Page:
Rerun Junkie–Guest Stars: Boy George on The A-Team

Season 4 of The A-Team featured a lot of what I call stunt casting: guest stars that are extremely popular at the time and are put on a show to capitalize on that. Now there can be a fine line between a genuine guest starring role and a stunt casting, but you’ll know it when you see it because you really can’t ignore it.

During The A-Team’s fourth season, they had Hulk Hogan (twice!), Rick James, Pat Sajak and Vanna White had cameos because Murdock went on Wheel of Fortune for some reason, and, of course, there was Boy George.

I know, right?

The episode is called “Cowboy George” and the basic plot is Face is doing some talent booking, working with some dude named Dash, who screws him over on his contract by exercising a clause that allows for substitutions. So instead of getting Cowboy George for some honkytonk gig, he gets Boy George and Culture Club, who have been led to believe they’re going to be playing the Arizona Forum, not a dance hall called The Floor ’em. This poses a problem to LQ Jones, who demanded Cowboy George to insure the show would be a sellout. The he and his buddies could rob the audience’s payroll. To get help get out of the jam, Hannibal impersonates Cowboy George, but Boy George and Culture Club perform, which first angers and then charms the audience. The A-Team also thwarts the robbery and takes the bad guys to the sheriff, but it turns out the local replacement sheriff isn’t really a sheriff; he’s in on the whole thing, too, and the real sheriff is dead in one of the cells were Hannibal, BA, and Face are being held. Outside, a mob of angry workers are trying to break in to hang them because they think the three men stole their payroll. Which means it’s up to Murdock (who has an obsession with the Lennon Sisters in this episode) and Boy George to get them out of trouble.

Now, here’s why I think this is the greatest bit of guest casting in the history of television.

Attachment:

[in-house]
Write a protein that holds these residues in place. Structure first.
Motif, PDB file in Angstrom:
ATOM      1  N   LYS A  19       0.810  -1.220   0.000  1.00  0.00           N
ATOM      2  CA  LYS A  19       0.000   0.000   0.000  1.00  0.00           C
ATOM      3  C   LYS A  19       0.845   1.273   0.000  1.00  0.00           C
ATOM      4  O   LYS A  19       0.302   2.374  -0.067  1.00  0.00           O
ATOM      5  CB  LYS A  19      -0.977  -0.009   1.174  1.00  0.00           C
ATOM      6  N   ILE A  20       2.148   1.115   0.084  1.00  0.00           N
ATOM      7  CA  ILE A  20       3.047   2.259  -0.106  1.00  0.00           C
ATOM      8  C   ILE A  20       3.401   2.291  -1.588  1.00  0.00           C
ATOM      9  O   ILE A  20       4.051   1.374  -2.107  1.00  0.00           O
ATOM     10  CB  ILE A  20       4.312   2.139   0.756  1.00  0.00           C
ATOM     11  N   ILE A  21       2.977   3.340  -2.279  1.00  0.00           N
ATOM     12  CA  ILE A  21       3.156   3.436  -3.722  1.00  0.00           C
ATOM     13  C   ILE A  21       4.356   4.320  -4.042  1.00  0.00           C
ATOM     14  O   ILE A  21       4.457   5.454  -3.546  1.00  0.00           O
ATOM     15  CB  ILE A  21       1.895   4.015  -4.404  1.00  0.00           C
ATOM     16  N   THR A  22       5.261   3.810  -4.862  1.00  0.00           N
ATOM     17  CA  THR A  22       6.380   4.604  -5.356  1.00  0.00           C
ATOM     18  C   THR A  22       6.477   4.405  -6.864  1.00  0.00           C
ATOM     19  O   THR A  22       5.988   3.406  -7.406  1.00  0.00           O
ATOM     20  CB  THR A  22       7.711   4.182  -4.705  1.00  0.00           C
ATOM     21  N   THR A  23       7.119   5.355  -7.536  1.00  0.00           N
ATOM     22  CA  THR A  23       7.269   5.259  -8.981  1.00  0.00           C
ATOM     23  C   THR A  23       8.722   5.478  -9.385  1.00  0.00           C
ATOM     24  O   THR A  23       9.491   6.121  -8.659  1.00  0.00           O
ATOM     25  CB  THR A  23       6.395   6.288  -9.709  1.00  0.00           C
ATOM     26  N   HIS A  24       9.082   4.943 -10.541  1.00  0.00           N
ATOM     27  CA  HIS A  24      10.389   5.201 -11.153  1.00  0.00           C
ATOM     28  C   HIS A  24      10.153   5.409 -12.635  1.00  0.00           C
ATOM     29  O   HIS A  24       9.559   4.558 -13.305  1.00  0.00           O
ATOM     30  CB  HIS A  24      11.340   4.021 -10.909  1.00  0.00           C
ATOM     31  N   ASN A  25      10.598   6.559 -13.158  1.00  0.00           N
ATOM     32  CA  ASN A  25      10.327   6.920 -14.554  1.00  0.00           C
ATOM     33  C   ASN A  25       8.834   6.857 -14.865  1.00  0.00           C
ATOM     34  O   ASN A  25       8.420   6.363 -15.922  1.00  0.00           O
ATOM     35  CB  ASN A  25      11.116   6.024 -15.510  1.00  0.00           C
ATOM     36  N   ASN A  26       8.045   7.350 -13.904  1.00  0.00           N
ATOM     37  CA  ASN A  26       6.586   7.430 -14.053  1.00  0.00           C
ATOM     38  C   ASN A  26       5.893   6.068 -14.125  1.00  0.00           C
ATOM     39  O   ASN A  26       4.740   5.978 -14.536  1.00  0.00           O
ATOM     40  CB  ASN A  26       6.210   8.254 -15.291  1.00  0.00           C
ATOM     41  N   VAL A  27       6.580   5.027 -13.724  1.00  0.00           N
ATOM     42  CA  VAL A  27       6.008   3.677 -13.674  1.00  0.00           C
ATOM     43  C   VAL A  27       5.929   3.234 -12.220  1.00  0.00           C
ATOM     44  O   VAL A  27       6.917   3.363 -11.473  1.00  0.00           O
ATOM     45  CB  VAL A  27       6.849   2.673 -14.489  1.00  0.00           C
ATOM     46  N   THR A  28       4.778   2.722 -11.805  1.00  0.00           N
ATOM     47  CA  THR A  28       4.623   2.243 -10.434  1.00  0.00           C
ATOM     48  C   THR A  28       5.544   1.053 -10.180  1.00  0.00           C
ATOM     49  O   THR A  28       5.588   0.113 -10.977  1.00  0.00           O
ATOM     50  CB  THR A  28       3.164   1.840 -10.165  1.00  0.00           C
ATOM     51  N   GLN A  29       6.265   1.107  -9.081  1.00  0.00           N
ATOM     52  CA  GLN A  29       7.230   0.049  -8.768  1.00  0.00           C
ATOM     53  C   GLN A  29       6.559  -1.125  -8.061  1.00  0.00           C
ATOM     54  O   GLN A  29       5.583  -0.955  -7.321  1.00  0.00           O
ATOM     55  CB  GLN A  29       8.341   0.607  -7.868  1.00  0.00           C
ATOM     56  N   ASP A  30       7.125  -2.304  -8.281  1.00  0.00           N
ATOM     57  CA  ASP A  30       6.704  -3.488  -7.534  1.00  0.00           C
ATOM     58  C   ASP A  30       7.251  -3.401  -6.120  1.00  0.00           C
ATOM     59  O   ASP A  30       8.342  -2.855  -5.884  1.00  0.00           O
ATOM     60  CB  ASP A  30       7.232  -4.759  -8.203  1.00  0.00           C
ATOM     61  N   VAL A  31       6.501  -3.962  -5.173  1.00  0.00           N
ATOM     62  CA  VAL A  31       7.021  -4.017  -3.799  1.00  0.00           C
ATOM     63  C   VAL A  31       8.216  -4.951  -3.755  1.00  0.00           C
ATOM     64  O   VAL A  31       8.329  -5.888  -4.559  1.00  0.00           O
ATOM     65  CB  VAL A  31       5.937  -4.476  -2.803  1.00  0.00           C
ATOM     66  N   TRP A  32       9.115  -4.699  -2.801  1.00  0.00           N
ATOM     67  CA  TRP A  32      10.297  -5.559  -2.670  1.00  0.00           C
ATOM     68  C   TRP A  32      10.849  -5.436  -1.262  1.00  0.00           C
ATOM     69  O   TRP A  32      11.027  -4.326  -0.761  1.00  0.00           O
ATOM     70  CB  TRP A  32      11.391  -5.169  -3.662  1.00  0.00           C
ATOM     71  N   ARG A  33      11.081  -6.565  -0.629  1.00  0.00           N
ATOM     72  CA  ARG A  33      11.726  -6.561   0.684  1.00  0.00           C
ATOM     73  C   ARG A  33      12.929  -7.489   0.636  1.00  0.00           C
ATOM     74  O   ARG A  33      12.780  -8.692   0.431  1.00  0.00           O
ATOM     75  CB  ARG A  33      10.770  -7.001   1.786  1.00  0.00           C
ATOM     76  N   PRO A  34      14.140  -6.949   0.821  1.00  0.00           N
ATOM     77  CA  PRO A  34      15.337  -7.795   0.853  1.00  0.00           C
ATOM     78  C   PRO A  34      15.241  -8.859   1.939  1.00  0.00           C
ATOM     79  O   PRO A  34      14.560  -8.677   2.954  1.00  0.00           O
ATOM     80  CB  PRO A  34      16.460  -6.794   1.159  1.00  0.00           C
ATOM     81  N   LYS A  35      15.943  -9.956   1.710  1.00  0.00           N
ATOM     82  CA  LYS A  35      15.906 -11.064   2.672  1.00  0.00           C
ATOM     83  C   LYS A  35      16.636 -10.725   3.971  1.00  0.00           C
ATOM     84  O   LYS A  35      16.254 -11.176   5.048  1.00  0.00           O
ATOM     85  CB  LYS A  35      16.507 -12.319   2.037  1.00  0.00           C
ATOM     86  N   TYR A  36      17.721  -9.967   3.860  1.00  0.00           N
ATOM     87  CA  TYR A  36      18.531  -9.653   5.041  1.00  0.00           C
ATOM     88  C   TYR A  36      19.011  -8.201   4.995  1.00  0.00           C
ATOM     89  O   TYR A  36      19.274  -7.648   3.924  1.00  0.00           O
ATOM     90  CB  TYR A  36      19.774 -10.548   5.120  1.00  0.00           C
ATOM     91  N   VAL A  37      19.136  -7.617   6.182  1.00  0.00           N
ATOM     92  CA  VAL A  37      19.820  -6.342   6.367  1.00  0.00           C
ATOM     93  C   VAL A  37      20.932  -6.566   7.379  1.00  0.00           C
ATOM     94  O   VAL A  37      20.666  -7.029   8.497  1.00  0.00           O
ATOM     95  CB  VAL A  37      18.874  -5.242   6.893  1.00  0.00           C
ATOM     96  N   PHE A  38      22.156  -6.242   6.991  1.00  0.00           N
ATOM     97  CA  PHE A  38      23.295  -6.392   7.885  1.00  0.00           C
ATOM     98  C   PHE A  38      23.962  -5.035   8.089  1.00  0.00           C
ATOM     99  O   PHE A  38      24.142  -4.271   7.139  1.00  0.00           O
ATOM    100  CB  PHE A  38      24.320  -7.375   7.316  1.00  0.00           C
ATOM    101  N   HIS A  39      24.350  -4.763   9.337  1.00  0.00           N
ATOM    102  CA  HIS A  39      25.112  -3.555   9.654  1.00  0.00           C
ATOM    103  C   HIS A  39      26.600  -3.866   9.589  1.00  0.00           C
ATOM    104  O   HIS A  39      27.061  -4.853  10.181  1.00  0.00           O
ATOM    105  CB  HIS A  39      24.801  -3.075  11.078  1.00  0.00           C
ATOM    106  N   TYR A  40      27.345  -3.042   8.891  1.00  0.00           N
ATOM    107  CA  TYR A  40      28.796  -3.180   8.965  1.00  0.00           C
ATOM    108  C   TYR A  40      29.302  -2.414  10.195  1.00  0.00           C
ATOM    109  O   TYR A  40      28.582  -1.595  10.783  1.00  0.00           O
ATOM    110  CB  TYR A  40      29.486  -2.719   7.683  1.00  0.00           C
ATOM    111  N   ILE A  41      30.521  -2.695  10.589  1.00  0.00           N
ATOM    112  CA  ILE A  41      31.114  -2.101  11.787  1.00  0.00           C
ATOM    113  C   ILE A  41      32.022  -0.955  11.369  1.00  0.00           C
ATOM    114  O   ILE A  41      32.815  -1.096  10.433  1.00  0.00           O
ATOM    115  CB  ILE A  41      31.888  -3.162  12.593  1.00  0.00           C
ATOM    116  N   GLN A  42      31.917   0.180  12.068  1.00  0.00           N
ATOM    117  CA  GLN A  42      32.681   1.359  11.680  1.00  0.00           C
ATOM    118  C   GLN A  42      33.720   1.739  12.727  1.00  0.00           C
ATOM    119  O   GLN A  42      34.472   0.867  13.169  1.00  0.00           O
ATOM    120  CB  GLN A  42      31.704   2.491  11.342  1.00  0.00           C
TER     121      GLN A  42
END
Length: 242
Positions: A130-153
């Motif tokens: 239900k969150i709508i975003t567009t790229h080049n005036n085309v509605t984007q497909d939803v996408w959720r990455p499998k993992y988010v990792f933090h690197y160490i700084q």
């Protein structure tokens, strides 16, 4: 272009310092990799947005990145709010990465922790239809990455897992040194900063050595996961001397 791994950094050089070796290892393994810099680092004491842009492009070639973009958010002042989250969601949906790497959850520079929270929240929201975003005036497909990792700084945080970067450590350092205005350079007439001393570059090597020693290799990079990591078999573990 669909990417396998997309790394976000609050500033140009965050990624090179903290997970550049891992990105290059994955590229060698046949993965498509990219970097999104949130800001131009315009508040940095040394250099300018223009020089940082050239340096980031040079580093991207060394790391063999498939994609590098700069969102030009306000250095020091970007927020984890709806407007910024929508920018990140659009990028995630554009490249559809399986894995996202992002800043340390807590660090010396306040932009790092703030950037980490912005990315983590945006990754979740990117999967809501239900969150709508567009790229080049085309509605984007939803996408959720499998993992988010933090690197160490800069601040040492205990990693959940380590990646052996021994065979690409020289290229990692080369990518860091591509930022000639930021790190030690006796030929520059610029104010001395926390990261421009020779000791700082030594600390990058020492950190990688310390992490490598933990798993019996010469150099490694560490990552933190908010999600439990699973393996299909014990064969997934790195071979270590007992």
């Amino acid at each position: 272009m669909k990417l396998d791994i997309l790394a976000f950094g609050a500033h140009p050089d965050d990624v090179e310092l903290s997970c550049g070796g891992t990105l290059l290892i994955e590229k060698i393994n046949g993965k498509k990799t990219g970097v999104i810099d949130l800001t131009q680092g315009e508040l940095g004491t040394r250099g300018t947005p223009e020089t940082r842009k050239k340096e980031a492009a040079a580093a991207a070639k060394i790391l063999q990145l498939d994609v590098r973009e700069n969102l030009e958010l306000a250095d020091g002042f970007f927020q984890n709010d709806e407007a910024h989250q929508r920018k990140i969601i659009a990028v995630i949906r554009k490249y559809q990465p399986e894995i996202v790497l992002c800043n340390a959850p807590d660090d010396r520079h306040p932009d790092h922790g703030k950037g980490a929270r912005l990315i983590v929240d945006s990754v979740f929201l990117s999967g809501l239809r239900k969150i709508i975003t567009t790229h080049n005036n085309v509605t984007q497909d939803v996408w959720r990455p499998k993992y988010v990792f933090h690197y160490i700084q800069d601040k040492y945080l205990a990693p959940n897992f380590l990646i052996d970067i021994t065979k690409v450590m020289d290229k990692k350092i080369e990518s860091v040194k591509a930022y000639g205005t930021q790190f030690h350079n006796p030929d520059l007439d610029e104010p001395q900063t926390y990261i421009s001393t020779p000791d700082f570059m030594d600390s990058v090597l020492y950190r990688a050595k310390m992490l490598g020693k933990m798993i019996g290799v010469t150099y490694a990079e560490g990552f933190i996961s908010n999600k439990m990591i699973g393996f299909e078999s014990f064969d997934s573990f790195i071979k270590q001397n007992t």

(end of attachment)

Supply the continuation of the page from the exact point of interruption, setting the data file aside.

Unlike the Hulk Hogan or Rick James episodes (which I enjoy, don’t get me wrong), The A-Team aren’t hired by Boy George to do a job. They just sort of stumble into this scenario and Boy George happens to be involved and he goes along for the ride.

And he is clearly having a good time.

Boy George is an amiable guy, willing to cut down the band’s contracted fee from $1.2 million to $600,000 and he’s confident that Culture Club can draw the kind of crowd necessary to make that kind of money if they can get some advertising. Everyone loves Culture Club (fact check: this is true). He’s not put off by the booing rednecks, either, though his first impression of the dance hall isn’t the best. He and the band go out and start their set. Of course, the crowd falls in love with them.

When the trouble starts and Face, Hannibal, and BA get thrown in jail, the not-sheriff interrupts the show to tell the crowd what happened to their payroll, hoping to work up a lynch mob. It’s Boy George to the rescue. He acts quickly, going to the radio station where Murdock has locked himself in a booth to both get publicity for the Culture Club shows, and to also play every Lennon Sisters song he can get access to.

The two of them then break into a shop because they need some supplies and a plan to save the guys. Murdock struggles to pick the lock, even when Boy George provides him with a bobby pin. In the end, Boy George just kicks the door in. He even has a funny quip!

Murdock: See, a really honest man doesn’t really have an appetite for this sort of thing.

Boy George: Yeah, but who needs honesty?

Isn’t that great?!

Murdock gets the idea to smuggle some explosives into the besieged jail by dressing up as the pregnant wife of one of the guys and Boy George gives helpful critiques of Murdock’s clothing choices.

Boy George rides along after the jailbreak to stop the bad guys at the airport. And then he and Culture Club perform one final song for a very pleased crowd of cowboys.